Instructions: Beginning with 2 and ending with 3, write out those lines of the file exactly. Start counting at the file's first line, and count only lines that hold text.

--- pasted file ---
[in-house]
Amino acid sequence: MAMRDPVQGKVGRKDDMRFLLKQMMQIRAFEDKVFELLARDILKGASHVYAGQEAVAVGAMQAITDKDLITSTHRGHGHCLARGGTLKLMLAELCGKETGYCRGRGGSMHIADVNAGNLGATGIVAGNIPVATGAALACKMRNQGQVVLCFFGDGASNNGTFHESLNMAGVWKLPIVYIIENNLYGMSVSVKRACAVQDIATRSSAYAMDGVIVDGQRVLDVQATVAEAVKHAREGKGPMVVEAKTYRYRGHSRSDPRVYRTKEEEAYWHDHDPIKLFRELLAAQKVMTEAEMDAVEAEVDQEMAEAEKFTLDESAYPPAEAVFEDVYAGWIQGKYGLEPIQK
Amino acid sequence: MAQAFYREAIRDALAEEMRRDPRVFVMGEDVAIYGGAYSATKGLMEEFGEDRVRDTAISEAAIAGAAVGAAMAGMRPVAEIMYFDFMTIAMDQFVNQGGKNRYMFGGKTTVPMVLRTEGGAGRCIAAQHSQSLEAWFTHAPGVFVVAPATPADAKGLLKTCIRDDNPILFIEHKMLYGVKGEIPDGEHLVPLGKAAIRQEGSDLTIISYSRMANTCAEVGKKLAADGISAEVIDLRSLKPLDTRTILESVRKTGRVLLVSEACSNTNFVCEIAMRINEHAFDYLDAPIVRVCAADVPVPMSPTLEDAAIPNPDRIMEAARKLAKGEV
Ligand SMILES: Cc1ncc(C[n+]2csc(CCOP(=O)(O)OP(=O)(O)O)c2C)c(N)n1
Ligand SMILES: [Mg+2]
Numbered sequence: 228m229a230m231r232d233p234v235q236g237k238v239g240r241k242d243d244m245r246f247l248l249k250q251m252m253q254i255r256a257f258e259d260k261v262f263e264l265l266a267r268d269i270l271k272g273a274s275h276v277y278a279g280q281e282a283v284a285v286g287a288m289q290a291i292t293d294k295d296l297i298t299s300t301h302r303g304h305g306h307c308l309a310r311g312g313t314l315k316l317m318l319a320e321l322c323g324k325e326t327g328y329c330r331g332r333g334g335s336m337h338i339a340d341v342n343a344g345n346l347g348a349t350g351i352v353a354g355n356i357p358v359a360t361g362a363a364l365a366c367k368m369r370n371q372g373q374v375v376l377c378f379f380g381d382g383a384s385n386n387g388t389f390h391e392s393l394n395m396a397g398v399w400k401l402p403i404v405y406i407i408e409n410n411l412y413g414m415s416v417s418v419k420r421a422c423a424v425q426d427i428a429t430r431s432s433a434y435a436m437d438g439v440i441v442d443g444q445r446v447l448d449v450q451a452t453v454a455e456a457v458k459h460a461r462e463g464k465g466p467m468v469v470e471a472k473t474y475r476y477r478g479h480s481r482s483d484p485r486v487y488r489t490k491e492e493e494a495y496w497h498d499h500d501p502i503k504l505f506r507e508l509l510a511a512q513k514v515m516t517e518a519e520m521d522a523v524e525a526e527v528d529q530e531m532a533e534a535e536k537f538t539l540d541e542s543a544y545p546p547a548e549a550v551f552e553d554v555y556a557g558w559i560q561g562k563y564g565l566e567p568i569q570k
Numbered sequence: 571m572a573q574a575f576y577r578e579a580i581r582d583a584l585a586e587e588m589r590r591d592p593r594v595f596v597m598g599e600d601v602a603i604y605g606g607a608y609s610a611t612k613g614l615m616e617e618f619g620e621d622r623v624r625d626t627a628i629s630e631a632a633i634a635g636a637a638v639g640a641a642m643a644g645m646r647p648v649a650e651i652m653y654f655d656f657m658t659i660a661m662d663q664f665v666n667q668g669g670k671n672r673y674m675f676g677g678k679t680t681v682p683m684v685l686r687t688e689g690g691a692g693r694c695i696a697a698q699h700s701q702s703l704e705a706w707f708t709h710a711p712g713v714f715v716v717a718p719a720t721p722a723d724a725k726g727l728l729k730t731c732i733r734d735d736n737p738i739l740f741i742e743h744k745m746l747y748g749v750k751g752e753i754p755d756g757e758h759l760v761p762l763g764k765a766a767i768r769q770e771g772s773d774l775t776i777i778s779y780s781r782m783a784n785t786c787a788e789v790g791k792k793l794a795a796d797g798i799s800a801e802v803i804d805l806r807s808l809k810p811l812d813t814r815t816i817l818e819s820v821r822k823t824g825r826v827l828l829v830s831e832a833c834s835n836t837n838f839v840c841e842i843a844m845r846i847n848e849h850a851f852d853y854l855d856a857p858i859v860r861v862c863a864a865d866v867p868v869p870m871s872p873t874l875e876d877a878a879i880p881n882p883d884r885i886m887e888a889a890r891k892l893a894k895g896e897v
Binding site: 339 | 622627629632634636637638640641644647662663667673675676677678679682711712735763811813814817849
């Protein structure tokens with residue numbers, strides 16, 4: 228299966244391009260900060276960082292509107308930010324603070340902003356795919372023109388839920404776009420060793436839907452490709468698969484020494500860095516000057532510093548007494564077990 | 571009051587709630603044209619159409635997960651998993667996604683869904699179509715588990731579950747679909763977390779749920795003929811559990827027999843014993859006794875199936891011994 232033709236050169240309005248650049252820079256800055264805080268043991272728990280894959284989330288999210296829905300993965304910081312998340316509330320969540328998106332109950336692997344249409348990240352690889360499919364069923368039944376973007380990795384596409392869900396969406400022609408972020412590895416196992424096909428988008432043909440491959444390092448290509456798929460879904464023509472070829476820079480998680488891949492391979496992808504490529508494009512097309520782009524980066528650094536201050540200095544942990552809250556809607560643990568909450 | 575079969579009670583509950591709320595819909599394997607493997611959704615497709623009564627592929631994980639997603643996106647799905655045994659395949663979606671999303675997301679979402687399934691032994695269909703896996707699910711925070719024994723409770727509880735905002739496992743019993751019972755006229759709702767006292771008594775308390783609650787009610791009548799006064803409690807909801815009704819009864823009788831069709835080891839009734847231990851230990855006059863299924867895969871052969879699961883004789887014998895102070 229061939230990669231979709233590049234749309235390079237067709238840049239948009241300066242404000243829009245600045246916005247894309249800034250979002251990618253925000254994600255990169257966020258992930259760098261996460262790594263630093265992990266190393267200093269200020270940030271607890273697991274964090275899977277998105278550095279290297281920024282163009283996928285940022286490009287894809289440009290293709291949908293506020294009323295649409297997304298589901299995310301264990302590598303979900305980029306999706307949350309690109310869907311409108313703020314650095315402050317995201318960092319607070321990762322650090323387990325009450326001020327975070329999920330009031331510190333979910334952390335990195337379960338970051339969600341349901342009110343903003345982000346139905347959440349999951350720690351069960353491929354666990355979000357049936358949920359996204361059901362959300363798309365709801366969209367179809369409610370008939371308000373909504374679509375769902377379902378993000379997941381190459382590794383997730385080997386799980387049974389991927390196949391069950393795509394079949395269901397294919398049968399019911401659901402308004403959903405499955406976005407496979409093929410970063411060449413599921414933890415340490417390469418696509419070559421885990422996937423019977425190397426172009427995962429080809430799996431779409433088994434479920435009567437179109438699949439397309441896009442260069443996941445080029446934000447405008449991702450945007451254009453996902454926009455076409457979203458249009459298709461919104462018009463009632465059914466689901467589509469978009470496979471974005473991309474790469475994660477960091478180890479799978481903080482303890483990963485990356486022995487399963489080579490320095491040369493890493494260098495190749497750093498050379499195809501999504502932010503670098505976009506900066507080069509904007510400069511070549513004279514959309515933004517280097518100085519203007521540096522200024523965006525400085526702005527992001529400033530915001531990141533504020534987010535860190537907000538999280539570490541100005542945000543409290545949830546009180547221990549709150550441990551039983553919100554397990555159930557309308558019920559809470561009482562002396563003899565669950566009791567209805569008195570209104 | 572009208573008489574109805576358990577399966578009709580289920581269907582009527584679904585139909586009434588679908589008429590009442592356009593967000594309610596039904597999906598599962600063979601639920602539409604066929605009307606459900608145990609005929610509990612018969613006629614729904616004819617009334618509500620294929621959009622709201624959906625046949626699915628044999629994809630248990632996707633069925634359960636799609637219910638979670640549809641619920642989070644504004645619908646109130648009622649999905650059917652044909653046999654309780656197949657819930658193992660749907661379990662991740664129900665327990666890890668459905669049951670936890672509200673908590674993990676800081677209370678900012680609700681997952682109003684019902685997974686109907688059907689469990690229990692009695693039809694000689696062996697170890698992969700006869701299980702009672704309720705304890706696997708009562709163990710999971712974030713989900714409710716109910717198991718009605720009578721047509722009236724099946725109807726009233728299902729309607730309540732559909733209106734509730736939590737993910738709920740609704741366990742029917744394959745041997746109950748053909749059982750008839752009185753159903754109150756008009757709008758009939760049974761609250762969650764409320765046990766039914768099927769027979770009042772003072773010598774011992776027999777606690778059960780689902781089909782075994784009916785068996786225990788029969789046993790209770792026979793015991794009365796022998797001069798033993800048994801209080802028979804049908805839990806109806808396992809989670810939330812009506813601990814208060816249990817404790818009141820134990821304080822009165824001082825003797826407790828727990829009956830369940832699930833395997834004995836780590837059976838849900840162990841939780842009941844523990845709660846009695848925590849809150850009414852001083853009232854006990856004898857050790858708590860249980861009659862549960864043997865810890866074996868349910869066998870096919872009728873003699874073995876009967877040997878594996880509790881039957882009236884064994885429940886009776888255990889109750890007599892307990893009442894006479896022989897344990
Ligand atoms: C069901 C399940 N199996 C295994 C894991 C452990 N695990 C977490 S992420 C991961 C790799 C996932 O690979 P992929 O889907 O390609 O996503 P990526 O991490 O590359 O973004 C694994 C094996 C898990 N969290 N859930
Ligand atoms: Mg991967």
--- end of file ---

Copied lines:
Amino acid sequence: MAMRDPVQGKVGRKDDMRFLLKQMMQIRAFEDKVFELLARDILKGASHVYAGQEAVAVGAMQAITDKDLITSTHRGHGHCLARGGTLKLMLAELCGKETGYCRGRGGSMHIADVNAGNLGATGIVAGNIPVATGAALACKMRNQGQVVLCFFGDGASNNGTFHESLNMAGVWKLPIVYIIENNLYGMSVSVKRACAVQDIATRSSAYAMDGVIVDGQRVLDVQATVAEAVKHAREGKGPMVVEAKTYRYRGHSRSDPRVYRTKEEEAYWHDHDPIKLFRELLAAQKVMTEAEMDAVEAEVDQEMAEAEKFTLDESAYPPAEAVFEDVYAGWIQGKYGLEPIQK
Amino acid sequence: MAQAFYREAIRDALAEEMRRDPRVFVMGEDVAIYGGAYSATKGLMEEFGEDRVRDTAISEAAIAGAAVGAAMAGMRPVAEIMYFDFMTIAMDQFVNQGGKNRYMFGGKTTVPMVLRTEGGAGRCIAAQHSQSLEAWFTHAPGVFVVAPATPADAKGLLKTCIRDDNPILFIEHKMLYGVKGEIPDGEHLVPLGKAAIRQEGSDLTIISYSRMANTCAEVGKKLAADGISAEVIDLRSLKPLDTRTILESVRKTGRVLLVSEACSNTNFVCEIAMRINEHAFDYLDAPIVRVCAADVPVPMSPTLEDAAIPNPDRIMEAARKLAKGEV